The results of these experiments are to be found in close to 100 papers published in physics journals.

In the 1950s he and his laboratory colleagues exploited this expertise to make some of the first measurements of the basic properties of semiconductors only a few years after the discovery of transistors.

He also made important contributions in the areas of cyclotron resonance and electron spin resonance of metals.

Later in his career he took a keen interest in university affairs, participating in major committees of the Academic Senate.

He subsequently served for two years as chair of the Berkeley division (1966-68) and for one year as chair of the systemwide Academic Council (1973-74).

At his retirement he was honored with the Berkeley Citation in recognition of his distinguished contributions to the campus.

Kip was an enthusiastic and well-loved teacher, offering large lecture classes and training 26 doctoral students. He also wrote a widely used introductory college physics textbook,"Fundamentals of Electricity and Magnetism" (McGraw-Hill, 1962).

Kip is survived by his wife of 51 years, Joan (Hill) Kip; daughter Jennifer Kip Bier of Albany, Calif.; son Jonathan of Los Angeles; grandchildren Adam Bier and Megan Kip; and two sisters, Elizabeth Roach of San Diego and Margaret Nichols of Monterey, Mass.

Shiro Kobayashi, professor emeritus of mechanical engineering and former holder of the FANUC Chair in Mechanical Systems, died Dec. 20 of cancer at Alta Bates Medical Center.

Kobayashi, an expert in manufacturing systems and metal forming, was 71. He lived in El Cerrito.

A member of the National Academy of Engineering, Kobayashi came to Berkeley from Japan in 1956 to obtain both his MS and PhD in mechanical engineering. He was immediately hired as a lecturer in the department and in 1961 joined the faculty.

His research centered on computer-aided analysis of problems in manufacturing and the properties and behavior of formed metals and alloys. He retired in 1991, after publishing extensively and winning many awards for his work.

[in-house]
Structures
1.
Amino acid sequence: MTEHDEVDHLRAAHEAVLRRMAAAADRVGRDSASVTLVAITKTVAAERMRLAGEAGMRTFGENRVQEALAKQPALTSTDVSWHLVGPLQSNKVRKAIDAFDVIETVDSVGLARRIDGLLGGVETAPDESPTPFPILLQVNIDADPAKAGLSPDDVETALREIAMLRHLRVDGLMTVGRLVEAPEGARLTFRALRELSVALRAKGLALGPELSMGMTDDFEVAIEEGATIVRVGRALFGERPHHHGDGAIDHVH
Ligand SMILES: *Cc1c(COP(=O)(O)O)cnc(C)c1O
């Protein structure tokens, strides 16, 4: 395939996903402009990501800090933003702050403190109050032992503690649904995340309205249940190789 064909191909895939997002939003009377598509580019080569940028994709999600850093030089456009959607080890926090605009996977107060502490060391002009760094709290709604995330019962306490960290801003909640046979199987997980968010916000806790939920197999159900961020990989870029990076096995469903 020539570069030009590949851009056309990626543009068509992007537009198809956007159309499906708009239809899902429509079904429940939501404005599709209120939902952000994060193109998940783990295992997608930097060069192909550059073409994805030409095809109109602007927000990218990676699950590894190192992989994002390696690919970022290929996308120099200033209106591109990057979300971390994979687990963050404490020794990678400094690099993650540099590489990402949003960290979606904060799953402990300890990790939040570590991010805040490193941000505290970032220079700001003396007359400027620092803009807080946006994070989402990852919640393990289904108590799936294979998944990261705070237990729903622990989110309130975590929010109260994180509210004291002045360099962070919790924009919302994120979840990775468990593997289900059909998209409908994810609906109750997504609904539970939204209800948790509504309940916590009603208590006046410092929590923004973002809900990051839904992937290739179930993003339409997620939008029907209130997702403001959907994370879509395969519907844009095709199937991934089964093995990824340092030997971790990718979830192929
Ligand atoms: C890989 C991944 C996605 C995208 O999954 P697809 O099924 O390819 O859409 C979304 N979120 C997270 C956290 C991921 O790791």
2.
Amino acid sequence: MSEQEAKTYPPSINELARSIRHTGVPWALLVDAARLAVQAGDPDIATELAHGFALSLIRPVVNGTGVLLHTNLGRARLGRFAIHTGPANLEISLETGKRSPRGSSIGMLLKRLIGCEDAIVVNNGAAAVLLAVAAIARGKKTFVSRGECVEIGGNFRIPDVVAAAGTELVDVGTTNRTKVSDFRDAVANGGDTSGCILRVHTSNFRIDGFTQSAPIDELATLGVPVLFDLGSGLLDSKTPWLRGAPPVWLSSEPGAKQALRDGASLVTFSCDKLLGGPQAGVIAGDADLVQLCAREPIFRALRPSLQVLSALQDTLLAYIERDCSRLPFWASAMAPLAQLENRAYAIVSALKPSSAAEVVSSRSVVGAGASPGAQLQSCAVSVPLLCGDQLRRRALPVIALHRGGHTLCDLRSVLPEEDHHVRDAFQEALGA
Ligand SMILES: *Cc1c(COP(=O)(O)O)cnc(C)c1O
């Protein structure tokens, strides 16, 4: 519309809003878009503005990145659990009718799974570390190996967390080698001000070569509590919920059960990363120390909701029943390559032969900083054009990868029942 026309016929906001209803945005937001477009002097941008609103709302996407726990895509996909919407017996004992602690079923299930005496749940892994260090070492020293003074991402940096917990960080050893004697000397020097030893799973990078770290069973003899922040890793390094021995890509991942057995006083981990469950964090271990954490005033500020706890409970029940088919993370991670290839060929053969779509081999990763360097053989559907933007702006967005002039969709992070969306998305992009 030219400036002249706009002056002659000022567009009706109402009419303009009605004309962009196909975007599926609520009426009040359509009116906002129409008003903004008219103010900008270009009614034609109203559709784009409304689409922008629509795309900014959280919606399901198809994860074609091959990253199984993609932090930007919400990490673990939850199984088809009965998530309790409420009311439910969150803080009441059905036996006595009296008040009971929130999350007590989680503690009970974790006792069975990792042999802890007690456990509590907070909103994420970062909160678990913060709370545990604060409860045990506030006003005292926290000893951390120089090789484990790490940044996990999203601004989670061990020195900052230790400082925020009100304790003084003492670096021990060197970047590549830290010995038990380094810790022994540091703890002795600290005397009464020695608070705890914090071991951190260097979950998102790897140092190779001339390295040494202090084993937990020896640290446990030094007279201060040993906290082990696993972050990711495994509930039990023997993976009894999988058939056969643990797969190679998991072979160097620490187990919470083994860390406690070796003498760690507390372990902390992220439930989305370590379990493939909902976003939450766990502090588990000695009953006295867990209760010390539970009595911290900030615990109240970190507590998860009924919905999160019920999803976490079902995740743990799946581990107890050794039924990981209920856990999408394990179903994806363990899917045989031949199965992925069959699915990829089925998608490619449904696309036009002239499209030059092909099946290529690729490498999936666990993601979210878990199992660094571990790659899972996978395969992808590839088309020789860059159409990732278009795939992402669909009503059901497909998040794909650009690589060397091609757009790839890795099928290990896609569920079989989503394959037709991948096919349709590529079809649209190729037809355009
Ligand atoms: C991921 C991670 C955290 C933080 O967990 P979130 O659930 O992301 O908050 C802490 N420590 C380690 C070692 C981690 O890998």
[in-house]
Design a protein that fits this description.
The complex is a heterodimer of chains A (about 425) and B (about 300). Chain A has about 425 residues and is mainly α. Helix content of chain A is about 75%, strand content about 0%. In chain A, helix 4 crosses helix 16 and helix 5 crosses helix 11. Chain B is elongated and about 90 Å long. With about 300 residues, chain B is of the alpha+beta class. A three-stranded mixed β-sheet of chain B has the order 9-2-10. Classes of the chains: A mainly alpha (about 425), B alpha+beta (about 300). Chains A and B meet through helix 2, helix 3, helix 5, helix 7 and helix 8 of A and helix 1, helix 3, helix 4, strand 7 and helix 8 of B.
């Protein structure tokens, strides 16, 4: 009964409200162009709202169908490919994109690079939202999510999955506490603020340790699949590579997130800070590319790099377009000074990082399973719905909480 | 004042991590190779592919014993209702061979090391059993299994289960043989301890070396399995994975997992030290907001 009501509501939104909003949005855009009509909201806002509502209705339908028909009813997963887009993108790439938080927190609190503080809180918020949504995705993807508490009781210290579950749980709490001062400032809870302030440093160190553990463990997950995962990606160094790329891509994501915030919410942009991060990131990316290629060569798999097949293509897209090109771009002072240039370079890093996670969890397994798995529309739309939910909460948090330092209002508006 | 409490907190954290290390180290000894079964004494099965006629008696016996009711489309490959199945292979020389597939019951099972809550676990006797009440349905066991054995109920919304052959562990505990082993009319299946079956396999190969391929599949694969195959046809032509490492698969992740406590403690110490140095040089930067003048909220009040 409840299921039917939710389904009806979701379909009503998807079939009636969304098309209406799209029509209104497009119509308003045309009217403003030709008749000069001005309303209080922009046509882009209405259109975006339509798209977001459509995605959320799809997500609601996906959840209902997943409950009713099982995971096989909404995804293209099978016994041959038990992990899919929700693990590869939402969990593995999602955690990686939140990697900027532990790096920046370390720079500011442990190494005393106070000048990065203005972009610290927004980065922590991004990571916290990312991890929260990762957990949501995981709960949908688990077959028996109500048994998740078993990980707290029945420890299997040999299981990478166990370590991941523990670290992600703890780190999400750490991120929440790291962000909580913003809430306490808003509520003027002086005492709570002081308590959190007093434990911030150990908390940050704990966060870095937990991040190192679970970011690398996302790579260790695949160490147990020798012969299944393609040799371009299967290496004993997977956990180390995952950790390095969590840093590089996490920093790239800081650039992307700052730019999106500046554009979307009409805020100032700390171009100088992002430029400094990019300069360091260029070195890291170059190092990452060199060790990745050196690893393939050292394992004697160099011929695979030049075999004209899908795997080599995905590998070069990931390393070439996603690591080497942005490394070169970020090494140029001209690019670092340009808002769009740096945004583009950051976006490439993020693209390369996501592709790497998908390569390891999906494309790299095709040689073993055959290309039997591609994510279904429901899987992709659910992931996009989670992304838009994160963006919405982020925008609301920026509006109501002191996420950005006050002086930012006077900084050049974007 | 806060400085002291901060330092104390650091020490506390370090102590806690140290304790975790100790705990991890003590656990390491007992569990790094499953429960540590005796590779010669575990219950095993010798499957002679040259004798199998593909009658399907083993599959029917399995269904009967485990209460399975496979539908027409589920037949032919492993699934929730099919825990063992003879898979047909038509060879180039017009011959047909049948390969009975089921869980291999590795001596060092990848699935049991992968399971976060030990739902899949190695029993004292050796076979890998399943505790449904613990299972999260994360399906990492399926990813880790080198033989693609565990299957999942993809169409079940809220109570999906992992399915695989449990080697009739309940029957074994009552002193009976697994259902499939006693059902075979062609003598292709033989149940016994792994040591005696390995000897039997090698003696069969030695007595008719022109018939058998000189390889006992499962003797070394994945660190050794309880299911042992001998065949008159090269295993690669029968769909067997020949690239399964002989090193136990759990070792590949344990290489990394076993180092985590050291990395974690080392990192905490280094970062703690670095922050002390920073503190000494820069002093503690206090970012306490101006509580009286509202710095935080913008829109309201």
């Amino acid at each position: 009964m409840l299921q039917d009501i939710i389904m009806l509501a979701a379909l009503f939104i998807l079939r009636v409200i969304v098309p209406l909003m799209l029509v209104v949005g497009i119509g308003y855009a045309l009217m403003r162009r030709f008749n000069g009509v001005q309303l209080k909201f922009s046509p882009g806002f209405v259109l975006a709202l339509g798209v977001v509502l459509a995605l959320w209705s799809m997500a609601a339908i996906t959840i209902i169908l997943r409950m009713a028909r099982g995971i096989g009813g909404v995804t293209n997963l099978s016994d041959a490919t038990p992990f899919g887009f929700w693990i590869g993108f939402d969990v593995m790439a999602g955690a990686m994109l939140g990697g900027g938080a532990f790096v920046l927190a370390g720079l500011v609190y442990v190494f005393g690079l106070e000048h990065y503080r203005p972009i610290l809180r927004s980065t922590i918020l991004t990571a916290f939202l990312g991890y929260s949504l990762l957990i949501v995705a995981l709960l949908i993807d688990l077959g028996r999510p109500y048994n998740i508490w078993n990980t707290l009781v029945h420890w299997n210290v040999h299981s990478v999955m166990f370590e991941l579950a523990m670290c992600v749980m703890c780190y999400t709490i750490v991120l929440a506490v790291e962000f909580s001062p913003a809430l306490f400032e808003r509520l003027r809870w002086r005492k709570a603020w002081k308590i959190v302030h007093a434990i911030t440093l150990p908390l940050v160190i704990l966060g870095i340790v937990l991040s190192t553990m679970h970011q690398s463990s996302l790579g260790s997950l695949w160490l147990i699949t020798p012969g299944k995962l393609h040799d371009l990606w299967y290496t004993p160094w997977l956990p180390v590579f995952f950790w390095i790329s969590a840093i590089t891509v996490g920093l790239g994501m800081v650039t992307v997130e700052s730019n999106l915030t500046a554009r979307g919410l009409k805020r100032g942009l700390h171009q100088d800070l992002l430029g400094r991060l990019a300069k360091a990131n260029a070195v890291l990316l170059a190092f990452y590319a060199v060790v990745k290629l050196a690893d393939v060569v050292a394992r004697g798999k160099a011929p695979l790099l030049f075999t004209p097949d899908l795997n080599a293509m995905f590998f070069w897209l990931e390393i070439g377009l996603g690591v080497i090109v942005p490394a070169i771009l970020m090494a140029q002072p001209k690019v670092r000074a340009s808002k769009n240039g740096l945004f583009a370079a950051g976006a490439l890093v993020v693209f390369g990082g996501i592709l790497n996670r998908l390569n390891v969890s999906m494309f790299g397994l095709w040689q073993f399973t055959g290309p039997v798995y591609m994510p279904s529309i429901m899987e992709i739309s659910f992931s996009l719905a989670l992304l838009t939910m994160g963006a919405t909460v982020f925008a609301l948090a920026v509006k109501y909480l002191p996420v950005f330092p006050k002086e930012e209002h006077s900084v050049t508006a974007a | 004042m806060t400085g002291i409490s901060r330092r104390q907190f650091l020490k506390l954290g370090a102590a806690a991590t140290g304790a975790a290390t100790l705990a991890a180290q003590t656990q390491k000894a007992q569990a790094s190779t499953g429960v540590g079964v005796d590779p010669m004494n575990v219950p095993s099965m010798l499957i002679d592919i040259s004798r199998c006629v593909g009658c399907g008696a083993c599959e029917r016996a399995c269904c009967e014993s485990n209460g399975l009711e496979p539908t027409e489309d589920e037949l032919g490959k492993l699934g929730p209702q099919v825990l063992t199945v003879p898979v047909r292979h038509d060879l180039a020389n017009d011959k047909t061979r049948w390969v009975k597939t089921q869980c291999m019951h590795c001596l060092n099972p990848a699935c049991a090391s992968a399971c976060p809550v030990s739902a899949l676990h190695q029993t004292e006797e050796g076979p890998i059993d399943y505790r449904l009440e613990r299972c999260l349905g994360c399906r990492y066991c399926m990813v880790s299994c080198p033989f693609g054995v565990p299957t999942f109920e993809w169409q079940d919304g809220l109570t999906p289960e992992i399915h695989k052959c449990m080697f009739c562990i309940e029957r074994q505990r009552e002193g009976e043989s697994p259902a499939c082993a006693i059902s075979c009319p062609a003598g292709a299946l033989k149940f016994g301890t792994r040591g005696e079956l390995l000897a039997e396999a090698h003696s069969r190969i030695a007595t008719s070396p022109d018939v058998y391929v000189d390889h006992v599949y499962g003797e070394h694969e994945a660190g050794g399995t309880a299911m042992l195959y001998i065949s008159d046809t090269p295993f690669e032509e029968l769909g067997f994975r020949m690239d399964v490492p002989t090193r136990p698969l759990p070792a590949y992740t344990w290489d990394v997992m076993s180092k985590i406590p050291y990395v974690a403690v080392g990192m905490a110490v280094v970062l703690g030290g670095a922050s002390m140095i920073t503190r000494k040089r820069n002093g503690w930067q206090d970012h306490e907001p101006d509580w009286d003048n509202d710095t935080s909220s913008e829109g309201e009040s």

Kobayashi was the first holder of the FANUC Chair, which was endowed in 1989 by a $500,000 gift from FANUC, Ltd., a Japanese manufacturer of factory automation machines and systems.

The chair is designated to support work in mechanical systems, such as those for manufacturing, robotics, biomedical applications, information storage and processing, and other needs of high technology.

Kobayashi is survived by his wife, Suzue, and family in Japan.

G. Lawrence Rarick, professor emeritus of human biodynamics, died Dec. 15 at his home in Berkeley.

Age 84, Rarick was the author of six books and helped to change how society regards the disabled, particularly children.

His work indicated such children can achieve considerable levels of physical fitness and often share the same motor skills as other children.

During his career, Rarick was also on the faculty at Wichita State University and the University of Wisconsin.

He was also a consultant to the foundation that sponsors the Special Olympics, the Joseph P. Kennedy Jr. Foundation, for 15 years.

Rarick is survived by his wife, Mary, of Berkeley; sons Thomas of San Francisco and David of Minneapolis; daughter Janet of Houston; sister Lois Cooke of Fullerton; and a grandson.

Memoranda mailed to deans, directors, department chairs and administrative officers issued on the chancellor's mailing lists. For copies, contact originating offices.


Drug Testing

Steps are under way to implement a U.S. Department of Transportation regulation that mandates random drug and alcohol testing for a small group of employees required to have commercial drivers licenses as part of their university related responsibilities.